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One-third of federal agents surveyed by a government oversight agency have gotten into turf wars with other federal law enforcement agencies during the course of an investigation during the past five years. Of those who experienced disagreements, 78 percent said those disagreements negatively affected the investigation to some degree, according to a report released Monday by the Government Accountability Office (GAO).

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After years of letting his congregation believe he'd once been a Navy SEAL, a Pennsylvania pastor's tale has come undone.

Last week, The Patriot-News newspaper, based in Harrisburg, reached out to former SEALs living in midstate Pennsylvania, hoping for some local perspective on the U.S. commando operation that killed Osama bin Laden in Pakistan. Rev. Jim Moats, of Newville, obliged, and was featured in a story that ran in Saturday's edition. But it turns out Moats was never a SEAL, and the guilt-ridden pastor went to the paper's office on Sunday to fess up.

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Now you see her, now you don't.

A Hasidic newspaper published a doctored version of the now-famous photo of President Obama and top advisors in the situation room as the bin Laden raid unfolded, editing Secretary of State Hillary Clinton and another woman out of the image entirely.

The newspaper, Der Tzitung, erased both Clinton and Director of Counterterrorism Audrey Tomason from the iconic image, leaving two conspicuous blank spaces in the photo that ran in their Friday edition last week. According to Jewish Week, the Brooklyn-based paper removed the two women because of an editorial policy stipulating that they "will not intentionally include any images of women in the paper because it could be considered sexually suggestive."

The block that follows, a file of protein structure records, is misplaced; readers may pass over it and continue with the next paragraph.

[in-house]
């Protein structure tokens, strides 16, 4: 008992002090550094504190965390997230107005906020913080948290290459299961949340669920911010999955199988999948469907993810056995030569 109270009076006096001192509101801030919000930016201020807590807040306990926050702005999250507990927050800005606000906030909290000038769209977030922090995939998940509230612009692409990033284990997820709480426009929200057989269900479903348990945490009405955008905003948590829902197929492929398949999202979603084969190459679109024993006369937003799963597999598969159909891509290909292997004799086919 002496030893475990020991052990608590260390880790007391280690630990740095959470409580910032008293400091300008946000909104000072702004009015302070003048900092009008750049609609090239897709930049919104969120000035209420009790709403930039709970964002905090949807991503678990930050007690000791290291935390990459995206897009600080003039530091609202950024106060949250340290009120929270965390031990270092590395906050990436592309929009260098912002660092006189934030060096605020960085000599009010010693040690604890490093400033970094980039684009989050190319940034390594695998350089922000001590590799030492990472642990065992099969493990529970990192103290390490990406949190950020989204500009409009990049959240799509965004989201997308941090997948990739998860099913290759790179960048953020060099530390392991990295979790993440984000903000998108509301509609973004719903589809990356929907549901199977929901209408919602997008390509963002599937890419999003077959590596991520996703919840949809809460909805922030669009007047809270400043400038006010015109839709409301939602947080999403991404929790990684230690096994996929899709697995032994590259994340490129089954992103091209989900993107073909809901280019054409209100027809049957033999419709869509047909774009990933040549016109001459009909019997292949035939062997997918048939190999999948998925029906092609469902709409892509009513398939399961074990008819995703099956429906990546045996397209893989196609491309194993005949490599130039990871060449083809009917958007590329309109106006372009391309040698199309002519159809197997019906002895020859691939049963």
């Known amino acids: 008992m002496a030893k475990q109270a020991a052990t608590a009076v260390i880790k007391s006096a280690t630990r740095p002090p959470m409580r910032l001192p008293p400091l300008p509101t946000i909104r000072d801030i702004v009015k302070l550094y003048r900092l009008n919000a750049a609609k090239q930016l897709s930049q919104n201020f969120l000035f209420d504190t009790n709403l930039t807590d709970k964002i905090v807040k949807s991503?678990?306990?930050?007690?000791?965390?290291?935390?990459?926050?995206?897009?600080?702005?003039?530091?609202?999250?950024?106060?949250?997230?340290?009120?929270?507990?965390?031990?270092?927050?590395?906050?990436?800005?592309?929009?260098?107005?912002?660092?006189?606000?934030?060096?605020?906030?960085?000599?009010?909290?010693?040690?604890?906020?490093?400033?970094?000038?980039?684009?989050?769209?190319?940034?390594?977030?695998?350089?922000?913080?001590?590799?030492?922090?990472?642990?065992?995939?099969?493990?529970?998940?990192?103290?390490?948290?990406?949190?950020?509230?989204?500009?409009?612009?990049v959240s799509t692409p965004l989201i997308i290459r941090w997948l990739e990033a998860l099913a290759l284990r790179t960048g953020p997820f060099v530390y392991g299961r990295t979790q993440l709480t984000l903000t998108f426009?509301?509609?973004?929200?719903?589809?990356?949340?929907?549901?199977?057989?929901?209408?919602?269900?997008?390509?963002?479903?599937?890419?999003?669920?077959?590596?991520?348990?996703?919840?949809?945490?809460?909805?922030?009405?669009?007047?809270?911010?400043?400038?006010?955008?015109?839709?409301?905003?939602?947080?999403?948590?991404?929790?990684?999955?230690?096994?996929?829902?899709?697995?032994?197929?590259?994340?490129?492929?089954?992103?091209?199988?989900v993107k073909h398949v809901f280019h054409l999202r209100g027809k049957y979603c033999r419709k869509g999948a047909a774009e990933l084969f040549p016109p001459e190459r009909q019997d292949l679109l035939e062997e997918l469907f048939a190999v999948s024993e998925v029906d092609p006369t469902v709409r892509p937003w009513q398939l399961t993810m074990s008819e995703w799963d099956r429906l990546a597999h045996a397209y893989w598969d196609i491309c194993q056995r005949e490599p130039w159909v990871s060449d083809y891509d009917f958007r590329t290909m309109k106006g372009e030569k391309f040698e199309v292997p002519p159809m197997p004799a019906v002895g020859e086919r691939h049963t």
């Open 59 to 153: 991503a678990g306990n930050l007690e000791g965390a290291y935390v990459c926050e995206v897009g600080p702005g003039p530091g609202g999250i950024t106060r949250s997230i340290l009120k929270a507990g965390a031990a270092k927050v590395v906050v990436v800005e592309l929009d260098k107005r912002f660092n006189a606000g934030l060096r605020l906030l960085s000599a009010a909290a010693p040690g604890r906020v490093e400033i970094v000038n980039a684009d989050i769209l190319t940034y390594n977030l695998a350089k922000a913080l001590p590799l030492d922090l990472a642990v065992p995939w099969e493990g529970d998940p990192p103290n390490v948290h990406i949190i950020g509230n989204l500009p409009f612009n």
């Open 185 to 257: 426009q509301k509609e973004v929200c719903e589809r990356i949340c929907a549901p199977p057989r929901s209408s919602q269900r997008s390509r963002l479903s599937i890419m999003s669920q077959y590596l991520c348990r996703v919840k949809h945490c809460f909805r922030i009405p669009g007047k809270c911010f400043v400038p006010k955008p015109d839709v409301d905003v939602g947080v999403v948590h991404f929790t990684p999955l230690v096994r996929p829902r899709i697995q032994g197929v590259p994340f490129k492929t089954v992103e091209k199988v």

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A new poll from Public Policy Polling (D), commissioned by Daily Kos, finds that Democrats could potentially win the May 24 special election for NY-26, the House seat vacated by GOP Rep. Chris Lee. He resigned after sexually suggestive pictures and e-mails of his were made public. The reason the Dems could win: A split in the conservative vote between the official Republican nominee and a wealthy frequent candidate running on the "Tea Party" line.

The numbers: Democratic Erie County Clerk Kathy Hochul 35%, Republican state Rep. Jane Corwin 31%, Tea Party businessman Jack Davis 24%, and Green Party candidate Ian Murphy (the same person who conducted the infamous 20-minute prank call with Wisconsin Gov. Scott Walker, with Murphy posing as Republican financier David Koch) at 2%.

The TPM Poll Average gives Corwin 33.5%, Hochul 33%, Davis 23.5%, and Murphy 1.5%.

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White House spokesman Jay Carney said President Obama stands by his decision to order a covert assault-team raid to cross into a Pakistani city and kill Osama bin Laden without telling Pakistani officials.

"We obviously take statements and concerns of the Pakistani government very seriously," Carney told reporters at a briefing. "We also do not apologize for the actions that we took. [The President] said back in the [2008] campaign...if this is the only way we can do it, to do it unilaterally, he would take that chance and we did it. It is beyond a doubt in his mind, that he had the right and the imperative to do it."